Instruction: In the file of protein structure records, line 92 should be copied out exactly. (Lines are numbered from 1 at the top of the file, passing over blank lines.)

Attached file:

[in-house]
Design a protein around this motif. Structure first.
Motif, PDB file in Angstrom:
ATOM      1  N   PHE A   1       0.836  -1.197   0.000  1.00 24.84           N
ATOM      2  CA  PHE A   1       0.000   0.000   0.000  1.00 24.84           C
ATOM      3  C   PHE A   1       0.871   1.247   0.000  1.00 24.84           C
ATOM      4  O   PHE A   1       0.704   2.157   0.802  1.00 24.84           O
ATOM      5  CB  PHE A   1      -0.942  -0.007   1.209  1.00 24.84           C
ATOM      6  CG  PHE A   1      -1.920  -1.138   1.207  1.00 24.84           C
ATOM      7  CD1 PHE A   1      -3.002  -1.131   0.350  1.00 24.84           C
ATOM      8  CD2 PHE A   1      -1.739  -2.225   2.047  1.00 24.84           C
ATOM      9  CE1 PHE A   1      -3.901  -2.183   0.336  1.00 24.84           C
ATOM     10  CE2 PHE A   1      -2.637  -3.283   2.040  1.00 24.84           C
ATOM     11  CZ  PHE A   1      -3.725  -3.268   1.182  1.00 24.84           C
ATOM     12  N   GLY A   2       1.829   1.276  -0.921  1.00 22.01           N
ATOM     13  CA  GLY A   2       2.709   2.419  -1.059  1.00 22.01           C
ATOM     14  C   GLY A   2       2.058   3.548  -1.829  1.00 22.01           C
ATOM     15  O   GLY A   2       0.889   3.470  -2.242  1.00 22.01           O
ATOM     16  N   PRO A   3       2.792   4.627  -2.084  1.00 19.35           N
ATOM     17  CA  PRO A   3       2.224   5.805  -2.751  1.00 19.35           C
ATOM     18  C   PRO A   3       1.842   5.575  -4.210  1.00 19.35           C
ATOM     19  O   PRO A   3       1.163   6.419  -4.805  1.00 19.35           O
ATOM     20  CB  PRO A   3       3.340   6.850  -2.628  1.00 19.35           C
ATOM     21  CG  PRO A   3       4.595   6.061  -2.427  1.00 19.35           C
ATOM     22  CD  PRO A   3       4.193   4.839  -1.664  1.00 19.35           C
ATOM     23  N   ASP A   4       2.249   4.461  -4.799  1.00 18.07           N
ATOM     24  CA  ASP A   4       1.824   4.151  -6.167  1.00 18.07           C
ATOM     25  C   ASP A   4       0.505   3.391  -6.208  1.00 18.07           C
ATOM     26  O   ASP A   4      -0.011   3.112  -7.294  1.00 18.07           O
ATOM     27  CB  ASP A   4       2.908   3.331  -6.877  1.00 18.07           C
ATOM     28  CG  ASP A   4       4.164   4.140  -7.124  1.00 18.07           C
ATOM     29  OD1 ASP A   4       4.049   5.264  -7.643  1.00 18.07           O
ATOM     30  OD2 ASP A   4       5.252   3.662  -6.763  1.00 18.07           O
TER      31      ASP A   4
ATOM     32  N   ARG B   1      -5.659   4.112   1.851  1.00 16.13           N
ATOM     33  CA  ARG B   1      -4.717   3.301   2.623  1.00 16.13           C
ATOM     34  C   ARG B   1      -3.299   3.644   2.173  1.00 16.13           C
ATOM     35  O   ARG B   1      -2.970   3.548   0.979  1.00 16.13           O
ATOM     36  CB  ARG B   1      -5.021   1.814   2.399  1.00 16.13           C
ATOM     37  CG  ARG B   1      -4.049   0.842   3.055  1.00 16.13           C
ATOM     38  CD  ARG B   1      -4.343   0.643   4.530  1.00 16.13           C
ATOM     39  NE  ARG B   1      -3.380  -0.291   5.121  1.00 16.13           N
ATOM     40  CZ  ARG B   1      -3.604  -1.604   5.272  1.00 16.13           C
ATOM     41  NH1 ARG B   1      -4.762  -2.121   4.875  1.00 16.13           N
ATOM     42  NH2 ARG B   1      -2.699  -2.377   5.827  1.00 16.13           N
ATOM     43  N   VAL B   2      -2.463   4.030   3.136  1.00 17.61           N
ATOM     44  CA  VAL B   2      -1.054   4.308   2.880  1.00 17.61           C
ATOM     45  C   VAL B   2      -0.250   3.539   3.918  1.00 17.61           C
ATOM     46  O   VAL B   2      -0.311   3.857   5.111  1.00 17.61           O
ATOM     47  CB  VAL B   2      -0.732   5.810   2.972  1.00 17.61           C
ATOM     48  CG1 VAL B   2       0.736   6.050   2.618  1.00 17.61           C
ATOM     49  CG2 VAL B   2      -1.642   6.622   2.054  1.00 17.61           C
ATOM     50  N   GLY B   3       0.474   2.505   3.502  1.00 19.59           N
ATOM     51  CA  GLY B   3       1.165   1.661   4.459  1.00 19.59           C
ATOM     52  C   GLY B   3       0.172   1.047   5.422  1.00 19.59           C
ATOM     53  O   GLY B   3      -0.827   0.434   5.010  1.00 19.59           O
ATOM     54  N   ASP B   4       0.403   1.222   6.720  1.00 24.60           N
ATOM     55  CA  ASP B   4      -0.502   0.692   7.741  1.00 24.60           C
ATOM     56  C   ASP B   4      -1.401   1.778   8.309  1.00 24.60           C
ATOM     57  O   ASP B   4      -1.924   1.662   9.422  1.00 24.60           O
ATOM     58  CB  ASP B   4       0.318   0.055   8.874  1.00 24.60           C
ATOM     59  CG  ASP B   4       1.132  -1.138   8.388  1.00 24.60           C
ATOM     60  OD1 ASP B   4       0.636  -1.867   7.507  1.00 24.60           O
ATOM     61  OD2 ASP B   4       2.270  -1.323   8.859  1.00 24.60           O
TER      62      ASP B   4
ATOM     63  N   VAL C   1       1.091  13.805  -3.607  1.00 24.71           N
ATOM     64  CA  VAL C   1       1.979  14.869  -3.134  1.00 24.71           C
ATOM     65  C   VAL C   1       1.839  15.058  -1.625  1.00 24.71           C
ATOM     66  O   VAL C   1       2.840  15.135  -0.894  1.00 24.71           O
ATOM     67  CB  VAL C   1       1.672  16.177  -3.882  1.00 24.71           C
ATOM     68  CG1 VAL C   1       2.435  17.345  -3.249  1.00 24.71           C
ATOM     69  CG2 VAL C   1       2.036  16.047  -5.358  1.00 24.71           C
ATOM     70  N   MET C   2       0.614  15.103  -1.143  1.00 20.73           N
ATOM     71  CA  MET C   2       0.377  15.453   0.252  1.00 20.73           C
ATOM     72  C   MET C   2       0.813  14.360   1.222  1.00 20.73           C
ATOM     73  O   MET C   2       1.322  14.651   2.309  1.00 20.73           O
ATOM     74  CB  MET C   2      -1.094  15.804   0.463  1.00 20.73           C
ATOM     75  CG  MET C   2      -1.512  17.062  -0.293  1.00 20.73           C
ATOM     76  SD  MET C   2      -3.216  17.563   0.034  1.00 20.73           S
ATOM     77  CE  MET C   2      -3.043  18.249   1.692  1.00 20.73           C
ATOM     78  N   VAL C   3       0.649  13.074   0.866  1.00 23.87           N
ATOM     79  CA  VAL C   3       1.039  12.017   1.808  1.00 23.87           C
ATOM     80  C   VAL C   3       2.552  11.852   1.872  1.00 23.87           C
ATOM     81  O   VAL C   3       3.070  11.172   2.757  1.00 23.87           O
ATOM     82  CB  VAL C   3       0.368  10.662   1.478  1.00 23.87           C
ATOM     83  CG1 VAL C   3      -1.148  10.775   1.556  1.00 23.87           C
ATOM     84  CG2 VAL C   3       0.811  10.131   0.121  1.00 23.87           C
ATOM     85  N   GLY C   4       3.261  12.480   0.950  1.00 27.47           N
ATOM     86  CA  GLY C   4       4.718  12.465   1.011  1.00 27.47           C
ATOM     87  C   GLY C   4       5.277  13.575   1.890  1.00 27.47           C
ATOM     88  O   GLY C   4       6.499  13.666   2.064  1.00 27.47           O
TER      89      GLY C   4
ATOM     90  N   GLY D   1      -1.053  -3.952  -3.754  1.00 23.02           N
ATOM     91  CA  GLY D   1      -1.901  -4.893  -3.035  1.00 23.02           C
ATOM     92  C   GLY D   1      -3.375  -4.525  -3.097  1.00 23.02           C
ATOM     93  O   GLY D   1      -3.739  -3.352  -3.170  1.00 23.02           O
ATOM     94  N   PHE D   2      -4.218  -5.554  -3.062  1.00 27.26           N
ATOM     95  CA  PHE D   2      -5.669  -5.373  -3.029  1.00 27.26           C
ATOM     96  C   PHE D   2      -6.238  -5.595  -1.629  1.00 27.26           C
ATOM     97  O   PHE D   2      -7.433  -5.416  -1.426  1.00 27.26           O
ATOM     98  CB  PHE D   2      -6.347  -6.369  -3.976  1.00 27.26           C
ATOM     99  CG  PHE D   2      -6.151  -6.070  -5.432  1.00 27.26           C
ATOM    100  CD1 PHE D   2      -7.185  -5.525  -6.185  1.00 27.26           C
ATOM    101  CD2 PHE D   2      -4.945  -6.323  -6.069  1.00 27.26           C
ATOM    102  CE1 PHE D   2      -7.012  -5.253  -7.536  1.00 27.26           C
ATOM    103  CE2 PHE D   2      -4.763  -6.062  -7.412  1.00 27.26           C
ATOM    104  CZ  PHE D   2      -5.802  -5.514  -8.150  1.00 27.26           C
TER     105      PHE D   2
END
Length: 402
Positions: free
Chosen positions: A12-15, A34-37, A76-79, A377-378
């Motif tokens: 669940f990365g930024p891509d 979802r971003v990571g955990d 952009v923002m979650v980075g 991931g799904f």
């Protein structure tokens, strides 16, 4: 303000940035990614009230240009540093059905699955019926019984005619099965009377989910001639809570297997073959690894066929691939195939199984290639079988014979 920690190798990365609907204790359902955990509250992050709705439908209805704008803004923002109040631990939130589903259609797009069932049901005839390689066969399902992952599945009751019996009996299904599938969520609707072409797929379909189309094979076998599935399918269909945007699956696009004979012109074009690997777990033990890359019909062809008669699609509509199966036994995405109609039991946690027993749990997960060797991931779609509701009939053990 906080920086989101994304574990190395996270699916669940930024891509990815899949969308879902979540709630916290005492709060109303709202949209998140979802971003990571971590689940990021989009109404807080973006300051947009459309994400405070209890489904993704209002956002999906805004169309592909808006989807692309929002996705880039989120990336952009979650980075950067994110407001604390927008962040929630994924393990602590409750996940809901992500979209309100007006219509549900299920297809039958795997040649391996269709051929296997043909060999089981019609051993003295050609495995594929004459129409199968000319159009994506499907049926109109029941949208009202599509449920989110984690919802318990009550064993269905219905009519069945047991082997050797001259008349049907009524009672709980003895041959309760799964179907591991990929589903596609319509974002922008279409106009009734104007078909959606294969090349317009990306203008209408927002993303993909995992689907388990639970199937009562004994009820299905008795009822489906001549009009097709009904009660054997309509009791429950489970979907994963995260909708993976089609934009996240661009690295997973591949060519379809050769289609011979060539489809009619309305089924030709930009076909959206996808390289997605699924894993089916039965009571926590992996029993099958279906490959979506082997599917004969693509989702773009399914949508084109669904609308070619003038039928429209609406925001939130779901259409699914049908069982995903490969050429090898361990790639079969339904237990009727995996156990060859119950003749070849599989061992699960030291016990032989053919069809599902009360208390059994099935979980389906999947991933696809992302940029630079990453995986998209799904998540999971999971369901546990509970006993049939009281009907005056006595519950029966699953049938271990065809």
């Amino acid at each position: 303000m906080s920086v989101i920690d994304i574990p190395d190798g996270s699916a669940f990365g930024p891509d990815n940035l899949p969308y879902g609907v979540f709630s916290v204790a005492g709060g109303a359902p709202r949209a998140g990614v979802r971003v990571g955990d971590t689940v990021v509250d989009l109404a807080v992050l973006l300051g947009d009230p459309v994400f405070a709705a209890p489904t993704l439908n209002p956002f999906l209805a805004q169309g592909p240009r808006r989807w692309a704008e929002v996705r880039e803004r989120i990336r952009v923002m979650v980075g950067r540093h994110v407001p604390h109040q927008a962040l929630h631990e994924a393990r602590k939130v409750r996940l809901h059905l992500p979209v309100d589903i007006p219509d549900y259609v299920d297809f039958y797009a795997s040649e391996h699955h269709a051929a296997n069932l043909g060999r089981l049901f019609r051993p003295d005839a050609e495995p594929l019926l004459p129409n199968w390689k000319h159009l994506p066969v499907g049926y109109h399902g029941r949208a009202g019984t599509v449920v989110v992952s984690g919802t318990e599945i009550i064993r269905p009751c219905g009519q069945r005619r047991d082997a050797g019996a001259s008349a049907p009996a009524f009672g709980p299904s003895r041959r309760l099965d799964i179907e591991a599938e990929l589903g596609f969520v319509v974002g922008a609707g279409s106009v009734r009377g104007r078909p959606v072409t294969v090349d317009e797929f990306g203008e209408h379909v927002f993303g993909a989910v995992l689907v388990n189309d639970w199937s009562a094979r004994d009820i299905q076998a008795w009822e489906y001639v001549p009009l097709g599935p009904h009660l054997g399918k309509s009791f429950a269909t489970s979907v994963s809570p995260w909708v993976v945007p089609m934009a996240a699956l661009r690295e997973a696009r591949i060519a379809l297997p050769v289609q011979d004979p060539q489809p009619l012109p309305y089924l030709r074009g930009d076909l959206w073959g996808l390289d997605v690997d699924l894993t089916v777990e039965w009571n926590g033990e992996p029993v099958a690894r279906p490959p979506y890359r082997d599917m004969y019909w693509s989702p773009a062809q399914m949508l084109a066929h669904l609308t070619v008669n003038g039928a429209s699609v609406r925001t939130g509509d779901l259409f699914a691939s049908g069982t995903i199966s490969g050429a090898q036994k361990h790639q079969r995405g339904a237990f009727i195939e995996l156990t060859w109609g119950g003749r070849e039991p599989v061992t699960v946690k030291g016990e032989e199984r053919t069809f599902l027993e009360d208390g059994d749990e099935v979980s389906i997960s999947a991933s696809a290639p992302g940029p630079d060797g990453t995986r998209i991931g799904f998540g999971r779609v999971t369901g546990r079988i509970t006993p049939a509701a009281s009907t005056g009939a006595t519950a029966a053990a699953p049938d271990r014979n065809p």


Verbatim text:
TER      89      GLY C   4